In an economic race that many see as the key to future global growth, North American businesses are decidedly not in the lead. Sustainable or green innovation, and the integration of these technologies into business practices, is an area where North American companies are currently behind the curve set by the rest of the world, according to a survey conducted by MIT Sloan Management Review and the Boston Consulting Group.
Firms in North American countries self-reported the lowest rates of sustainability focused business model innovation. They also had the fewest respondents making the claim that “sustainability activities added to their profit.” New Zealand and Australia came out on top in the sustainability equals profit equation. Africa, as a whole, reported the most sustainable business model innovation.
The study showed that developing countries as a group have been the quickest to adopt a commitment to sustainability. The leading impetus behind this transition is energy scarcity and related price volatility. Secondary reasons for focusing on sustainability involve waste, as well as access to raw materials.
Climate change, as a concept driving innovation, wound up last in the survey. The exceptions were countries like Australia and New Zealand that may feel they are already experiencing the effects of climate change, from droughts to intense weather events.
This lack of focus on climate change, combined with the North American sustainability innovation gap, sets up as unsurprising the summary of events and reactions from the recent Doha, Qatar climate summit, the 18th Conference of the Parties (COP) to the United Nations Framework Convention on Climate Change (UNFCCC). At these meetings attended by international negotiators, no fundamental agreement on major climate change reduction goals for the entire world has ever been reached. Instead, as was the case this year, last-minute agreements are often forged to postpone such a climate pact to future conferences.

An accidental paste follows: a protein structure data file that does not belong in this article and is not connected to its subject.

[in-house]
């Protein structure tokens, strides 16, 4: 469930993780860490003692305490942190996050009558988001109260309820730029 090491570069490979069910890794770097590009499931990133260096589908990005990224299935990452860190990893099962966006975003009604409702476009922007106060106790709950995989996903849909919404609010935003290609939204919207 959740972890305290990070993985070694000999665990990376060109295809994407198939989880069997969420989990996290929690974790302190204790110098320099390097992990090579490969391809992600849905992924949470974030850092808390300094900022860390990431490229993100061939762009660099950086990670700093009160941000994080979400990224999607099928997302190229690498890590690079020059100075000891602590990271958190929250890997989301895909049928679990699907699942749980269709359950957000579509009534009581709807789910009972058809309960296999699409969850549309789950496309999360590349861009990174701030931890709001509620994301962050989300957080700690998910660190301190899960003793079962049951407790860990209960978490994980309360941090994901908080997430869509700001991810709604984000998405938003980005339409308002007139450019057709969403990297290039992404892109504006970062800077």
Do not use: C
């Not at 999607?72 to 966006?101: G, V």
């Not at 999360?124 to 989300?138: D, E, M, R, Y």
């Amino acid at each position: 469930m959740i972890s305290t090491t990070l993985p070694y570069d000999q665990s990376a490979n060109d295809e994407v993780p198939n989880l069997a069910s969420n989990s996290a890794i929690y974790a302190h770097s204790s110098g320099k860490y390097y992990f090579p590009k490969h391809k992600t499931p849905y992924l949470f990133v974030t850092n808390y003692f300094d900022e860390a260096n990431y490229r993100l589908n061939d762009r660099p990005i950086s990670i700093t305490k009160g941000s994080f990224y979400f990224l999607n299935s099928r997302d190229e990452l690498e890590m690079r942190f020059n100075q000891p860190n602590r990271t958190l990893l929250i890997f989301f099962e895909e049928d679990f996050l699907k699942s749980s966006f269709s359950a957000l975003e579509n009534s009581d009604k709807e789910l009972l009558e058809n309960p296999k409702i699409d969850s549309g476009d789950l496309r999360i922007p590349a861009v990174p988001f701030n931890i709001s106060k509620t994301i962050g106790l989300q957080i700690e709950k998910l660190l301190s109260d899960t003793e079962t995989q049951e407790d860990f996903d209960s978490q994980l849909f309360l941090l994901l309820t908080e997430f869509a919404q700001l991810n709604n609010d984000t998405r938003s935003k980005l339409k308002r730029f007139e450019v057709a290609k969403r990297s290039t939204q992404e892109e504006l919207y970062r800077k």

The 2015 edition of the conference is now being targeted as the one at which global powers will finally agree on a climate pact that will be both enforceable and significant. As it stands, the current conferences have in part been devoted to discussions of how to enforce and tweak the Kyoto Protocol, which many countries including the United States never signed. The rest of the deliberations are focused on small victories, including some that many are hailing this year. There has been action taken, for instance, to ensure that large countries provide financial support for developing nations as they transition to sustainable economies, and that support will also be provided as “loss and damage” occurs in smaller nations due to the effects of climate change.
But the United States, along with other major economies, has remained hesitant and inconsistent in dealing with the U.N. climate change process. Reports say U.S. delegates did not protest “loss and damage” restitutions for smaller nations as a concept. But Alden Meyer of the Union of Concerned Scientists said that developed countries like the United States “dithered and delayed in Doha” on issues ranging from overall emissions reduction to ramping up climate financing for developing countries. The slow and mixed results from these conferences has led some experts to call for an end to the U.N. process, not necessarily as an act of collective resignation and defeat, but in an effort to seek other options to stem climate change.
Published in WholeFoods Magazine, February 2013